Dr. Dibakar Bhattacharyya, Professor of Chemical and Materials Engineering at the University of Kentucky, is fueled by his desire to create clean water through advanced membranes and other separation technologies. A fellow of the American Institute of Chemical Engineers, he holds nine U.S. patents.
Dr. George Voyiadjis, Boyd Professor of Engineering at Louisiana State University, is a member of the American Society of Civil Engineers and the National Academy of Inventors. He researches plasticity and the damage mechanics of metals, metal matrix composites, polymers, biological tissue and ceramics. He has built global relationships as a foreign member of academies in Europe, Poland and Korea.
Dr. Greg Tschumper, Professor of Chemistry at the University of Mississippi, is an expert in the development of electronic structure techniques to describe weak intermolecular interactions and clusters. A fellow of the American Association for the Advancement of Science, he also leads the department of chemistry and biochemistry at the university.
Dr. Dipangkar Dutta, Professor of Physics and Astronomy at Mississippi State University, researches experimental nuclear and particle physics. Several of his results have been spotlighted as exceptional research by Physical Review Letters and Nature. Dr. Dutta is also committed to diversity, using a bridge program he initiated to collaborate with Historically Black Colleges and Universities.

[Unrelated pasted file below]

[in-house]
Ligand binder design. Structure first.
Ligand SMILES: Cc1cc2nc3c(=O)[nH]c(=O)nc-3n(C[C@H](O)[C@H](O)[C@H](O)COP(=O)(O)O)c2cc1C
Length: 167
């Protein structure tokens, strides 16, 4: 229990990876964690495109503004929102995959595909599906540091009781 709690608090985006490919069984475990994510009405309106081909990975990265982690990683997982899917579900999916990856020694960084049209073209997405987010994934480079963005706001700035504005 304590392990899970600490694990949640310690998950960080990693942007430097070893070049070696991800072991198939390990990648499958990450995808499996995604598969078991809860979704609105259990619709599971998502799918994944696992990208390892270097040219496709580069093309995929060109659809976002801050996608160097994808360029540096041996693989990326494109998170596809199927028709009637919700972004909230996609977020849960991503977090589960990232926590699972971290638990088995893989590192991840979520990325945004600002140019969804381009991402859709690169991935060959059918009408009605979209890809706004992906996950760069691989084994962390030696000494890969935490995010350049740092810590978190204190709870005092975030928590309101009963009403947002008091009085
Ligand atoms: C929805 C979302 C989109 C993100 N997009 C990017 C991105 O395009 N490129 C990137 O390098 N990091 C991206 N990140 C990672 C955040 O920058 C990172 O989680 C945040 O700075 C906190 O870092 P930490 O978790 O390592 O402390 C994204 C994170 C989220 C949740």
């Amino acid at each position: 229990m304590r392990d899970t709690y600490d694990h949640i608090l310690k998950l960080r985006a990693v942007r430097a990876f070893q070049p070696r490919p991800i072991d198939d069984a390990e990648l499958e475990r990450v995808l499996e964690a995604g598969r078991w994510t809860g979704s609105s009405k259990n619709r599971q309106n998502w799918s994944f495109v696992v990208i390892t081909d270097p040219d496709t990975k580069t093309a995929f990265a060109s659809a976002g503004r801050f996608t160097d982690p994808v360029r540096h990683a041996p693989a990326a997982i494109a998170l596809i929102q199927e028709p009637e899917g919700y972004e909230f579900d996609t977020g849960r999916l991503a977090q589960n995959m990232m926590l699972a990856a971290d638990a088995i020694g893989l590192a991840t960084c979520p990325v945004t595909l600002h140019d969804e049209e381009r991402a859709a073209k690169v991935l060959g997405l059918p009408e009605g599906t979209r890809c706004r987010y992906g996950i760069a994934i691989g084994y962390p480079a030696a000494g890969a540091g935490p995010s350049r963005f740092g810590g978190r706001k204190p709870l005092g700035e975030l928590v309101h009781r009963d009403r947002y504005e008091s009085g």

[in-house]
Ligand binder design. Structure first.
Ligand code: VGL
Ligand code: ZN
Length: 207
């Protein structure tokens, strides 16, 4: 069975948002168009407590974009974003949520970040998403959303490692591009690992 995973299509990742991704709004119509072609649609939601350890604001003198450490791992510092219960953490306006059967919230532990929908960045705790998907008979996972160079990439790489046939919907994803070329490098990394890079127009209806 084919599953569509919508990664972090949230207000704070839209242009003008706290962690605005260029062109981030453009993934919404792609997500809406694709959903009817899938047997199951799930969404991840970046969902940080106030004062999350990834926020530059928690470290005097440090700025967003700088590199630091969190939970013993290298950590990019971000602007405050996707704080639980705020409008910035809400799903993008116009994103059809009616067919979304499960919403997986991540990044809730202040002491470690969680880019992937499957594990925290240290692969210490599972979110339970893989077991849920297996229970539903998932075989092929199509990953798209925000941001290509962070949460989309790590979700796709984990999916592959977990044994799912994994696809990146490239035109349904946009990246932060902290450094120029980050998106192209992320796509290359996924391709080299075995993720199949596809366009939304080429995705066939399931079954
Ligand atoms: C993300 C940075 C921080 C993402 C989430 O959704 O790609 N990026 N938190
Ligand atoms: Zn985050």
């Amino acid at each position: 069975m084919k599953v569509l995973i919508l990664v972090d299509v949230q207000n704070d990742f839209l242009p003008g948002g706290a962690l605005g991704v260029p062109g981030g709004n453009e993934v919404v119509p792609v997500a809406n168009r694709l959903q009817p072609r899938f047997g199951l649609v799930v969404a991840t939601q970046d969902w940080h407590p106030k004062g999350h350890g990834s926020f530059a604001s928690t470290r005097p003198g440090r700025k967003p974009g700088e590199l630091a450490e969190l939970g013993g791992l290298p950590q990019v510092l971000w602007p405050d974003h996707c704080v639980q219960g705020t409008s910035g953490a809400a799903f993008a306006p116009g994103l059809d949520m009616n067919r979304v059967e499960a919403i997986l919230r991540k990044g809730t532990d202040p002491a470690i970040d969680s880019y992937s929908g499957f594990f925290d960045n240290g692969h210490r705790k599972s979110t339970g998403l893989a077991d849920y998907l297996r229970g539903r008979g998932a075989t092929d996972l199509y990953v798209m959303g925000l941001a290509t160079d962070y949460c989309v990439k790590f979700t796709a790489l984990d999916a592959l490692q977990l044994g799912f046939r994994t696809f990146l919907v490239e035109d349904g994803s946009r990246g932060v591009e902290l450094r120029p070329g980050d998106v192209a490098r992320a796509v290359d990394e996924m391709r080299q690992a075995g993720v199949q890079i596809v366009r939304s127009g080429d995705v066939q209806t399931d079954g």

Dr. Kenneth Sher, Curators’ Distinguished Professor of Psychological Sciences at the University of Missouri, is a fellow of the American Psychological Association, and he is working to define the “core” of addiction while developing methods to improve the diagnosis and assessment of alcohol and other substance use disorders.
Dr. Mark Weist, Professor of Clinical-Community and School Psychology at the University of South Carolina, focuses on interconnected practice, research and policy toward improved and expanded student behavioral health programming. He helped establish the National Center for School Mental Health, and he leads several communities of practice.
Dr. Gregory Stuart, Chancellor’s Professor in Psychology at the University of Tennessee, is a fellow in the American Psychological Association. His research focuses on intimate partner violence, sexual assault and substance misuse. He has secured a grant from the National Institutes of Health to mentor the next generation of violence and alcohol researchers.
Dr. Karen Wooley, University Distinguished Professor of Chemistry at Texas A&M University, is a member of the National Academy of Sciences, and her research impacts sustainability, reduced reliance on petrochemicals and the production of biologically beneficial and environmentally benign natural products. She directs the Laboratory for Synthetic-Biologic Interactions and is co-founder and President of Sugar Plastics, LLC. Dr. Wooley was also named the 2021 SEC Professor of the Year.
Dr. James Crowe, Professor of Pediatrics and Pathology, Microbiology and Immunology at Vanderbilt University, is a board certified pediatric infectious diseases physician and viral immunology researcher who investigates the human immune response to infection. He has been supported by the National Institutes of Health and the U.S. Department of Defense.
This sponsored content was written and provided by Southeastern Conference. The editorial team at Inside Higher Ed had no role in its production.